   Specific heat: ability to get hot
   At 70oF and sea level: 0.24 Btu/lb/oF

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Sensible Heat

 The amount of heat which, when added
to air, causes a change in temperature
with no change in the amount of
moisture present
 Measured with a thermometer
 Sensible heat = specific heat x specific
density x 60 min/hr x CFM x DT (Btuh)
 Btuh = 0.24 x.075 x 60 x CFM x DT
 Btuh = 1.08 x CFM x DT

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Humidity

 Amount of humidity affects rate at which
perspiration evaporates, making skin
cooler
 Comes from evaporation of earth’s
ocean and other bodies into the
atmosphere
 Inside, comes from cooking, showers,
human respiration and perspiration

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Humidity
   Moisture contained in the air
 Pounds moisture per pound of dry air
 Grains moisture per pound of dry air
 At 70oF and sea level, 7000 grains per pound
of water
 Saturated air: holds all the moisture it can
at that temperature and pressure
 Saturated air at 70oF and sea level
contains 110.5 grains of water or 0.01579
pounds of water per pound of dry air
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Relative Humidity

 Amount of water held by the air as a
percent of what it can hold at that
temperature and pressure
 Expressed as a percentage
 Warmer air will hold more water
 Relative humidity affects comfort
 Winter: 67-76oF, 30% RH
 Summer: 72-81oF, 40% RH

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Comfort Zones
 Dressed in typical
summer or winter
clothing
 Engaged in
sedentary activity
 Air motion in
occupied zone does
not exceed 30 fpm
(winter) or 50 fpm
(summer)
ASHRAE Comfort Chart
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Measuring Humidity

 Sling psychrometers
 Electronic psychrometers
 Hygrometers with thermometers
 Measure both air temperature and
moisture content

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Sling Psychrometer

 Two thermometers – dry bulb and wet
bulb
 Dry bulb measures sensible heat
 Wet bulb thermometer has wick
saturated with distilled water,
evaporation lowers temperature, taking
into account moisture content of air

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Sling Psychrometer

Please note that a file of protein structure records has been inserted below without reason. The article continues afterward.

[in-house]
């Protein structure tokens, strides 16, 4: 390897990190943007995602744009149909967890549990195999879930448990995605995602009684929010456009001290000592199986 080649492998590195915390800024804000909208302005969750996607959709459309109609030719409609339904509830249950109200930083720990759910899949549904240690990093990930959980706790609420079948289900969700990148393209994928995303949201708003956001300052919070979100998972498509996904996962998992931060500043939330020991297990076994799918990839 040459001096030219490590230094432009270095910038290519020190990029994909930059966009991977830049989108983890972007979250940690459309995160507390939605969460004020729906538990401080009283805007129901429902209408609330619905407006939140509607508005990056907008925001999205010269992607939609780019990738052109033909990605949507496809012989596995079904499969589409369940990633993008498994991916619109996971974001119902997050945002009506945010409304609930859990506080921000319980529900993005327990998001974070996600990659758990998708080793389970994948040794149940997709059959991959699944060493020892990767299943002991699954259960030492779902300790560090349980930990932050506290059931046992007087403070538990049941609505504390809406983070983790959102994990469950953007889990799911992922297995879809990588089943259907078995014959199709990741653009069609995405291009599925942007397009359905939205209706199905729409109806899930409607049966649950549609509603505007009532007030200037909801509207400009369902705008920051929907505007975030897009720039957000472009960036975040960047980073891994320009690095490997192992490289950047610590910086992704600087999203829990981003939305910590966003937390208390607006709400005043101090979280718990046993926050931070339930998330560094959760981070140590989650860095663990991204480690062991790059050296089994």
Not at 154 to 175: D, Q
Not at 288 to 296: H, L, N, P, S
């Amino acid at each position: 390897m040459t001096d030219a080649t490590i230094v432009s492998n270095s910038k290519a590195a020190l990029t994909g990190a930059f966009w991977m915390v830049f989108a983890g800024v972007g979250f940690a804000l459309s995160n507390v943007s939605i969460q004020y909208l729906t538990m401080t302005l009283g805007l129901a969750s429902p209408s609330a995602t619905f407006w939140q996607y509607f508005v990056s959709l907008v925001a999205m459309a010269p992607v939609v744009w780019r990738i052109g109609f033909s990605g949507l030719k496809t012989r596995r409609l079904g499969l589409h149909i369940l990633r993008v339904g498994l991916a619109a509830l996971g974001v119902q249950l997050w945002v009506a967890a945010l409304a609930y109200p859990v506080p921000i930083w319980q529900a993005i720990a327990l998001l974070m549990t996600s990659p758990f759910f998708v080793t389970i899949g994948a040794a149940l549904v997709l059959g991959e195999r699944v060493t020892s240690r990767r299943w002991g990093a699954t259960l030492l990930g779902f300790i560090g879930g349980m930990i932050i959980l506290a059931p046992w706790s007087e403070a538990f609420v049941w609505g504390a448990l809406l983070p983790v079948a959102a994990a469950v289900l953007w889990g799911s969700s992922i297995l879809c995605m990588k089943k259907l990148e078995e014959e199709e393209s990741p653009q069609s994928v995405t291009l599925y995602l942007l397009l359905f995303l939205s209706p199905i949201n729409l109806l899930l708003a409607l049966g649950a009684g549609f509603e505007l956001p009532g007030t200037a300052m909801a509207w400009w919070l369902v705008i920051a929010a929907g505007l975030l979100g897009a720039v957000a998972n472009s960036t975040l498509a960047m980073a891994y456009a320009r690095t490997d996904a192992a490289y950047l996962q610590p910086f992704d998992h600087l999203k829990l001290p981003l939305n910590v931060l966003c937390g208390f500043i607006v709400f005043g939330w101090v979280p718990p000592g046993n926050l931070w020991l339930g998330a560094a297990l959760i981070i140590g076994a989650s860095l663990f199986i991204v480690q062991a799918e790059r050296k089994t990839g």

 Insure that wick is wet
 Whirl psychrometer with a steady motion
through surrounding air (30 sec.
minimum)
 Periodically check wet bulb readings
 Accept wet bulb reading when two
 Always read wet bulb before dry bulb
 Do not touch wick when taking reading
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Sling Psychrometer

 Determine approximate relative humidity
from sliding scale
plotting the dry bulb and wet bulb
temperatures on the psychrometric chart
(covered next week)

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Digital Psychrometers and Hygrometers

 Measure dry bulb and wet bulb
temperature directly or measure relative
humidity directly

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Dewpoint

 Temperature at which water vapor in the
air becomes saturated with moisture and
the moisture starts to condense into
water droplets
 If relative humidity is 100%, dewpoint,
wet bulb and dry bulb temperatures are
all the same (no water can be
evaporated from the wet bulb
thermometer)

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Enthalpy

 Total heat content of air and water vapor
mixture
 Measured from pre-determined base
point
 Expressed in Btu/lb
 Find enthalpy of air stream by measuring
dry and wet bulb temperature and
plotting on a psychrometric chart

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Equipment Capacity

 Btu/hr
 Enthalpy difference of air entering and
leaving equipment x specific density of
air x cfm x 60 min/hr
 Btu/hr (Btuh) = 4.5 x cfm x DH

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Example

   Enthalpy of 10,000 cfm of air entering
and leaving a cooling coil are as follows:
 41.5 btu/lb
 22.3 Btu/lb

   What is capacity of unit in Btu/hr? Tons?
 Btu/hr = 4.5 x 10000 x (41.5-22.3) =
864,000 Btu/hr
 864,000 Btu/hr x 1ton/12,000 Btu/hr = 72 T

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Homework/Labs

 Read pages 11.1 – 11.7